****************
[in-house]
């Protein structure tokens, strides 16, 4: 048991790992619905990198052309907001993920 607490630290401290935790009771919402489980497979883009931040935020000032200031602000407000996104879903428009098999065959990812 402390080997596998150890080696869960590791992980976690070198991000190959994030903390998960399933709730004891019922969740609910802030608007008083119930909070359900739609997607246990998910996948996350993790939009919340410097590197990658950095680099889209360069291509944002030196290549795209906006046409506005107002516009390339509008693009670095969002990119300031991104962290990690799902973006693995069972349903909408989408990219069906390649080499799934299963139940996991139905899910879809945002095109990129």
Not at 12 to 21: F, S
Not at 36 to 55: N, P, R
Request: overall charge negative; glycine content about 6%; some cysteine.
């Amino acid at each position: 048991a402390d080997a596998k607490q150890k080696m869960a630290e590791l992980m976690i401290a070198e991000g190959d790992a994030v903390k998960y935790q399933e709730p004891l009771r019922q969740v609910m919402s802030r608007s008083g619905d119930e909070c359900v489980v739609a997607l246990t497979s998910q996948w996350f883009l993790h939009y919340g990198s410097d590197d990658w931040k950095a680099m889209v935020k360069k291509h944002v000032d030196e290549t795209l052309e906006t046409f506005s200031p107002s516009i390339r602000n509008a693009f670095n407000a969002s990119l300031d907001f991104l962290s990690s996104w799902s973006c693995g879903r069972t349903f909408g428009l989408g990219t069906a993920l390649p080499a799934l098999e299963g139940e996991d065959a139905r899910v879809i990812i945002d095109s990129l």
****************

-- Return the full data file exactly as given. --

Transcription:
[in-house]
């Protein structure tokens, strides 16, 4: 048991790992619905990198052309907001993920 607490630290401290935790009771919402489980497979883009931040935020000032200031602000407000996104879903428009098999065959990812 402390080997596998150890080696869960590791992980976690070198991000190959994030903390998960399933709730004891019922969740609910802030608007008083119930909070359900739609997607246990998910996948996350993790939009919340410097590197990658950095680099889209360069291509944002030196290549795209906006046409506005107002516009390339509008693009670095969002990119300031991104962290990690799902973006693995069972349903909408989408990219069906390649080499799934299963139940996991139905899910879809945002095109990129």
Not at 12 to 21: F, S
Not at 36 to 55: N, P, R
Request: overall charge negative; glycine content about 6%; some cysteine.
């Amino acid at each position: 048991a402390d080997a596998k607490q150890k080696m869960a630290e590791l992980m976690i401290a070198e991000g190959d790992a994030v903390k998960y935790q399933e709730p004891l009771r019922q969740v609910m919402s802030r608007s008083g619905d119930e909070c359900v489980v739609a997607l246990t497979s998910q996948w996350f883009l993790h939009y919340g990198s410097d590197d990658w931040k950095a680099m889209v935020k360069k291509h944002v000032d030196e290549t795209l052309e906006t046409f506005s200031p107002s516009i390339r602000n509008a693009f670095n407000a969002s990119l300031d907001f991104l962290s990690s996104w799902s973006c693995g879903r069972t349903f909408g428009l989408g990219t069906a993920l390649p080499a799934l098999e299963g139940e996991d065959a139905r899910v879809i990812i945002d095109s990129l």